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Royals Hot Stove Index

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The Royals are, like, really bad. Let’s look at who they can trade.

Kansas City Royals v Oakland Athletics Photo by Ezra Shaw/Getty Images

If you haven’t noticed, the Royals aren’t playing very well. They are on pace for 110 losses and the Orioles are the only team who has lost more games than the Royals 46. They do, however, have several tradable assets. Whether it was intentional or not, Kansas City holds several assets that have either trade friendly contracts (Whit Merrifield) or are perfect rentals (Mike Moustakas).

We are officially smack dab in the middle of June, leaving the Royals with roughly six weeks to work this for their benefit. They already dealt Jon Jay when he was at his highest value, but he was a stopgap. There will be more trades, but who is at the top of that list?

We are going to take a look today with our Royals Hot Stove Index. This index will be a mixture of my personal opinions on who the Royals should look to trade, as well as a realistic look at who they might actually trade, based on organization comments and history.

Let’s begin.

5. Salvador Perez

Yeah, this isn’t happening. Like, ever. Sal means too much to the franchise. With a lot of the guys on the Royals roster, the difference between a future in Kansas City or a future in another uniform could ultimately come down to how Dayton Moore views the rebuild.

Given his history and how he approached the last two offseasons, it’s apparent that he doesn’t want a prolonged rebuild. The writing on the wall, however, suggests that it will be a long rebuild. The rise of Seuly Matias and Khalil Lee have made the farm more appealing than it was even just a few months ago, but their roads to Kansas City are still long ones and the rest of the system is pretty thin.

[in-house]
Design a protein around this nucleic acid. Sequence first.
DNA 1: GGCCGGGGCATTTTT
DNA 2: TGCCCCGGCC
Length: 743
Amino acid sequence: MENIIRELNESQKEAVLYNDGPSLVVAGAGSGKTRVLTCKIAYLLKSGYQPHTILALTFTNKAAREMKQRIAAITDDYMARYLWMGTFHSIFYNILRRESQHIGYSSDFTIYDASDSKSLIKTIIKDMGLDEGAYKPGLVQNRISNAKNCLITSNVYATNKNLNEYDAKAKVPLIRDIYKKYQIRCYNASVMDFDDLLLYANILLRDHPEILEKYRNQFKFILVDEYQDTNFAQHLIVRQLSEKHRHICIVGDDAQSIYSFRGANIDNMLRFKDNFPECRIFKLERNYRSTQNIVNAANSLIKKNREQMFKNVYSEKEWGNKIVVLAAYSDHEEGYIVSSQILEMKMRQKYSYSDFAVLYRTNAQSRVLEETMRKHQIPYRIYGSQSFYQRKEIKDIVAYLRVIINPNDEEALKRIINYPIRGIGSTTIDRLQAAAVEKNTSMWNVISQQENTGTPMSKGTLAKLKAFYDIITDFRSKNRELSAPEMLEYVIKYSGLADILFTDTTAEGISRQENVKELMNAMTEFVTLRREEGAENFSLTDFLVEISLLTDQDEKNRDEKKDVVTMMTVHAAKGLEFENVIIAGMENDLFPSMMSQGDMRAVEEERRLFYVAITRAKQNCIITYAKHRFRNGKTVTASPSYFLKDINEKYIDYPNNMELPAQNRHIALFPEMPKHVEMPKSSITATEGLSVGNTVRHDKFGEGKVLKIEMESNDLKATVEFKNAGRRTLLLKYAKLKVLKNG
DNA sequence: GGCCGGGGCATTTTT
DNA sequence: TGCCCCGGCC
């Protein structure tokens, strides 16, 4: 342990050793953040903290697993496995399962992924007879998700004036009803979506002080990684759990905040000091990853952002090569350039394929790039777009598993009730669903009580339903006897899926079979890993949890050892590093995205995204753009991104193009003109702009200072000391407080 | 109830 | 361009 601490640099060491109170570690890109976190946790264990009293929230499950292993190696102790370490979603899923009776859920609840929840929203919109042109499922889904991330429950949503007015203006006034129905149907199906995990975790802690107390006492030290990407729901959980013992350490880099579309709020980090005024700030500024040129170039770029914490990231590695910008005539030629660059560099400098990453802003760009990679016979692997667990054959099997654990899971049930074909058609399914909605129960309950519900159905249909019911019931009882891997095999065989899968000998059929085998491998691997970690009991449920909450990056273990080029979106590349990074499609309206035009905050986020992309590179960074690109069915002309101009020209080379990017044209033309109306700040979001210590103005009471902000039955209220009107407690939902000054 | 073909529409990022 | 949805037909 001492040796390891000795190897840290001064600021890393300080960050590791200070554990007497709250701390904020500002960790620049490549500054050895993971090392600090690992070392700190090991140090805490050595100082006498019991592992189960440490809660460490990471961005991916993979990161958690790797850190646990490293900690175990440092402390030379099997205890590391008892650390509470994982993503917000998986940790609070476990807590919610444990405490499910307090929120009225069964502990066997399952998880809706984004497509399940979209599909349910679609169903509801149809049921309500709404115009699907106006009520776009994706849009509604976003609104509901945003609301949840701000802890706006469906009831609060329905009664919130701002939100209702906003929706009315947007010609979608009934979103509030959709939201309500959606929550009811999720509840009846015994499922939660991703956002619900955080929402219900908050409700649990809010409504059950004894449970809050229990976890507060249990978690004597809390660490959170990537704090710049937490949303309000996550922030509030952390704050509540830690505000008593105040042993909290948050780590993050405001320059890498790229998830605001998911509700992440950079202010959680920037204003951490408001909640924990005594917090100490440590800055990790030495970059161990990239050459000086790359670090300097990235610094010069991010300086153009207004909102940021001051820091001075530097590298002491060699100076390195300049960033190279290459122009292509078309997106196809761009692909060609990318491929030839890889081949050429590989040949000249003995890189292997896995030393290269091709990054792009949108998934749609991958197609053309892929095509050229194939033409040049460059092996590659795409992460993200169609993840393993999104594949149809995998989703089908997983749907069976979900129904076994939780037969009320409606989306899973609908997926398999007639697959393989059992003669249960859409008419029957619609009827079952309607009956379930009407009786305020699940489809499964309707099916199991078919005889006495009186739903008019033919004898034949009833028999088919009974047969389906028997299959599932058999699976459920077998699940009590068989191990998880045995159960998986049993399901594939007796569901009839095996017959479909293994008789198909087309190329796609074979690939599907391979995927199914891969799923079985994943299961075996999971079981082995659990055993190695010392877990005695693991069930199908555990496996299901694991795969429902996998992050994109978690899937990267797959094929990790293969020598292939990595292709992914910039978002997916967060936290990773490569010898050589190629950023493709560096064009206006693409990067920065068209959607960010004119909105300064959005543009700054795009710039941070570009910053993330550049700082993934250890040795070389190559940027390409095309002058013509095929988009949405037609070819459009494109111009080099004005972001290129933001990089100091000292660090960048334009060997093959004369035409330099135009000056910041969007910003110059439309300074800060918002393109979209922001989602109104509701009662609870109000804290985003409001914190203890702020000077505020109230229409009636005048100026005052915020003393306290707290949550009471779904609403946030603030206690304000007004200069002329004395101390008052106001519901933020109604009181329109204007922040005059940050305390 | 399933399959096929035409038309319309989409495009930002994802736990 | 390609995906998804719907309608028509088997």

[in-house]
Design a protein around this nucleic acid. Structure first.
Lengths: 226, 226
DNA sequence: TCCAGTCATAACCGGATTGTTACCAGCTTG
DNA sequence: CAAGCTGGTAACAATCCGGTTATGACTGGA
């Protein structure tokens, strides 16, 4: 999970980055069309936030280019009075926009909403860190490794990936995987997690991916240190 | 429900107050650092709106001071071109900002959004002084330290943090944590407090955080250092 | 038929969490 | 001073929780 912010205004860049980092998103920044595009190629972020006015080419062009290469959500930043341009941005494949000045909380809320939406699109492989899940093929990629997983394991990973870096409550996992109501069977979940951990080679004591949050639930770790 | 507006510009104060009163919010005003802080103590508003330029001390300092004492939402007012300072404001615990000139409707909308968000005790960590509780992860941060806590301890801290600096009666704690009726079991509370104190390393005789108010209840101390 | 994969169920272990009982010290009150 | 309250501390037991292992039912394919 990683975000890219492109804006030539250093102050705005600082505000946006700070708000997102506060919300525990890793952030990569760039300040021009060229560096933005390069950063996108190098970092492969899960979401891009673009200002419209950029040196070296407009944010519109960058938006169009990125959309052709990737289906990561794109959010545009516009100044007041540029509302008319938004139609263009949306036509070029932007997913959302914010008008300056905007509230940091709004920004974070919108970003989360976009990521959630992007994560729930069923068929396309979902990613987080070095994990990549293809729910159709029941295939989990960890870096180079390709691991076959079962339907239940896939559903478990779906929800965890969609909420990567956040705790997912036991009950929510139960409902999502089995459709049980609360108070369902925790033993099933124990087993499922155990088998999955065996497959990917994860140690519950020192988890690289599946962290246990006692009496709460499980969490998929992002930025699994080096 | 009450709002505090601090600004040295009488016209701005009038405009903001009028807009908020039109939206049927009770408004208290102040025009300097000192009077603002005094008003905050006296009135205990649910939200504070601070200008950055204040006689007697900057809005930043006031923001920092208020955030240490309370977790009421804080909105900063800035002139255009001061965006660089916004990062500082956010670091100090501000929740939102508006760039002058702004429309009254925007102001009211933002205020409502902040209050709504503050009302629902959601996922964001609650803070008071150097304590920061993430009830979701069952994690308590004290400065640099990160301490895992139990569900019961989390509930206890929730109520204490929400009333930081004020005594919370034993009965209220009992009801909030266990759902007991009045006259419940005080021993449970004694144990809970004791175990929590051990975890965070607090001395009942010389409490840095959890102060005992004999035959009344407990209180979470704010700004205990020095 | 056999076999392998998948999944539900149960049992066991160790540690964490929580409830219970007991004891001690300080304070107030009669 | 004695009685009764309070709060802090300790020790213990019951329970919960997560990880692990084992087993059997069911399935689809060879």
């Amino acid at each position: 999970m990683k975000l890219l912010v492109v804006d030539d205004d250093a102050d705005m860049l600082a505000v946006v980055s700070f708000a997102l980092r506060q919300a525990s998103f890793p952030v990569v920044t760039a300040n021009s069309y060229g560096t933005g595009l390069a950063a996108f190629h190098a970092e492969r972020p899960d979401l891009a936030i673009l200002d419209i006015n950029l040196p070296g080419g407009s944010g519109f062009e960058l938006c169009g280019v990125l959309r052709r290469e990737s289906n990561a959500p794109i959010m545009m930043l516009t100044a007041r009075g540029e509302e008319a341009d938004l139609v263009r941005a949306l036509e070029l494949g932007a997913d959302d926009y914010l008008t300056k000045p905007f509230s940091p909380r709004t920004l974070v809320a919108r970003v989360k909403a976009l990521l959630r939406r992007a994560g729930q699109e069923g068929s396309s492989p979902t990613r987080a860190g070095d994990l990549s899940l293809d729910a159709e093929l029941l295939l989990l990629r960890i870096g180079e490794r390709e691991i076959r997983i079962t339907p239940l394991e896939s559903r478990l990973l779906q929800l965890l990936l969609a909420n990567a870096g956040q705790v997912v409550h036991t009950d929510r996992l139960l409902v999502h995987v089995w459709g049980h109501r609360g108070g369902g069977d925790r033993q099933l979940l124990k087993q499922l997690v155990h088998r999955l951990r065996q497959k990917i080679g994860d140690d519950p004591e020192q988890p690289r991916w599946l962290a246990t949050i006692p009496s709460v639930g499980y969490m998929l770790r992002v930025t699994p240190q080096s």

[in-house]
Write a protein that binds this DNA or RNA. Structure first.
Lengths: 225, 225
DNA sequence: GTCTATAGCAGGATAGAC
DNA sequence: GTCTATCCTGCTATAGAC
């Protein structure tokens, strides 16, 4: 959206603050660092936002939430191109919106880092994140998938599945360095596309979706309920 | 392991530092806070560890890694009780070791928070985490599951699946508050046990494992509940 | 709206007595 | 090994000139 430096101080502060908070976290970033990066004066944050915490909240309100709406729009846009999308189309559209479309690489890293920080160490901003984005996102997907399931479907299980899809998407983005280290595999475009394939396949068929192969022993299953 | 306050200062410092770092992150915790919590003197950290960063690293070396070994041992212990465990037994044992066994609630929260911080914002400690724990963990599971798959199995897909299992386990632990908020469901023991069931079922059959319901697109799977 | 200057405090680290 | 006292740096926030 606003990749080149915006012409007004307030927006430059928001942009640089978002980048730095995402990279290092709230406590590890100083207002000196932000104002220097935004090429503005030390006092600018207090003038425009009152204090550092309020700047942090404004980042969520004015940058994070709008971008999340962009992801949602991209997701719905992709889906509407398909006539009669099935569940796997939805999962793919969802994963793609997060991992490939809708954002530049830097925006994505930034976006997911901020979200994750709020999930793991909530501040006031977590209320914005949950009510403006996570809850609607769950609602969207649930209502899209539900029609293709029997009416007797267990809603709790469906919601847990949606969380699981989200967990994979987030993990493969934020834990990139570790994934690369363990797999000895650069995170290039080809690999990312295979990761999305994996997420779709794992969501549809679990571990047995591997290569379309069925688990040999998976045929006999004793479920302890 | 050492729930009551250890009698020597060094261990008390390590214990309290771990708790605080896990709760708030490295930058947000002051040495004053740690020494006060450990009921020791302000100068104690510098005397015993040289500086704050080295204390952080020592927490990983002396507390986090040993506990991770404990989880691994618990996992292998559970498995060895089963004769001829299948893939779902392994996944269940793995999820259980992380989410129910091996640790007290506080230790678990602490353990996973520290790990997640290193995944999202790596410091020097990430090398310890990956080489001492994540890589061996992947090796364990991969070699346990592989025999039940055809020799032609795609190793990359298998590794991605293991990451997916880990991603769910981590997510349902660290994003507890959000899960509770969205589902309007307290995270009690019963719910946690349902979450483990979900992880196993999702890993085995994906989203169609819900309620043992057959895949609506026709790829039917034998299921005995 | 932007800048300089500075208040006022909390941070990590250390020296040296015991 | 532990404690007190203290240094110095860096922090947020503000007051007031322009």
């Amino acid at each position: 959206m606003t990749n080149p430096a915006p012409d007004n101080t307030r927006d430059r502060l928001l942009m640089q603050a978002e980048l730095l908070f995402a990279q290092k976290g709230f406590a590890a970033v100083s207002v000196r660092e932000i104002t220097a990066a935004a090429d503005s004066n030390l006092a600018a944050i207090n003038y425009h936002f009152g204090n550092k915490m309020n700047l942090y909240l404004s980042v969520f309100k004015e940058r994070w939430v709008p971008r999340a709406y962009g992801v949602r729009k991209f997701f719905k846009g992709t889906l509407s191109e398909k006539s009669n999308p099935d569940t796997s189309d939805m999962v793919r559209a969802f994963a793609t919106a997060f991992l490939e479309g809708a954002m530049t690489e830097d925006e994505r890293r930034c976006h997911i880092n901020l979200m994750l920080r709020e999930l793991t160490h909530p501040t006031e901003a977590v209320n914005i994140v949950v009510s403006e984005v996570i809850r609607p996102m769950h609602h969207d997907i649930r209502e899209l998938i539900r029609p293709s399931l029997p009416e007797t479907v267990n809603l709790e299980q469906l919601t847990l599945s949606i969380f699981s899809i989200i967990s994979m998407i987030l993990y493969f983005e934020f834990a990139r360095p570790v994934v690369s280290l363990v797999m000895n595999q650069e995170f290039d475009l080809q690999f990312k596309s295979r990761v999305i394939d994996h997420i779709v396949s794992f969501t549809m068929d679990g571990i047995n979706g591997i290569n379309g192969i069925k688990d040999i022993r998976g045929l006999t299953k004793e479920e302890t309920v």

Salvador Perez, meanwhile, is 28 and has caught more innings than any catcher in baseball since 2013. Do the Royals think Sal will be a contributor on their next postseason competitor? Maybe. Even if they don’t, they think that he’s a future Hall of Famer if he stays healthy. Given that the entire 2015 core will likely be gone after this season with the exception of Sal, it shouldn’t really surprise us that Moore wants to keep him around.

That doesn’t, however, change the fact that Sal is one of the Royals best trade assets, even in a down season. His value forces him on this list, but unless something changes, he isn’t going anywhere.

4. Jorge Soler

Here me out. Again, we have to consider the mindset of the front office while also considering a realistic view of the Royals next window.

Jorge Soler breaking out has been really fun. He hits baseballs far and walks often. But will he be around when the Royals next window opens up? 2018 is the seventh season that Perez entered as the presumptive starter, so it’s weird to think that he is just two years older (28) than Soler (26).

This is the first time Soler has produced at the Major League level but he isn’t exactly a young pup. It is also true that we probably haven’t seen the best of Soler, given his advanced understanding of the strikezone and his unearthly pop.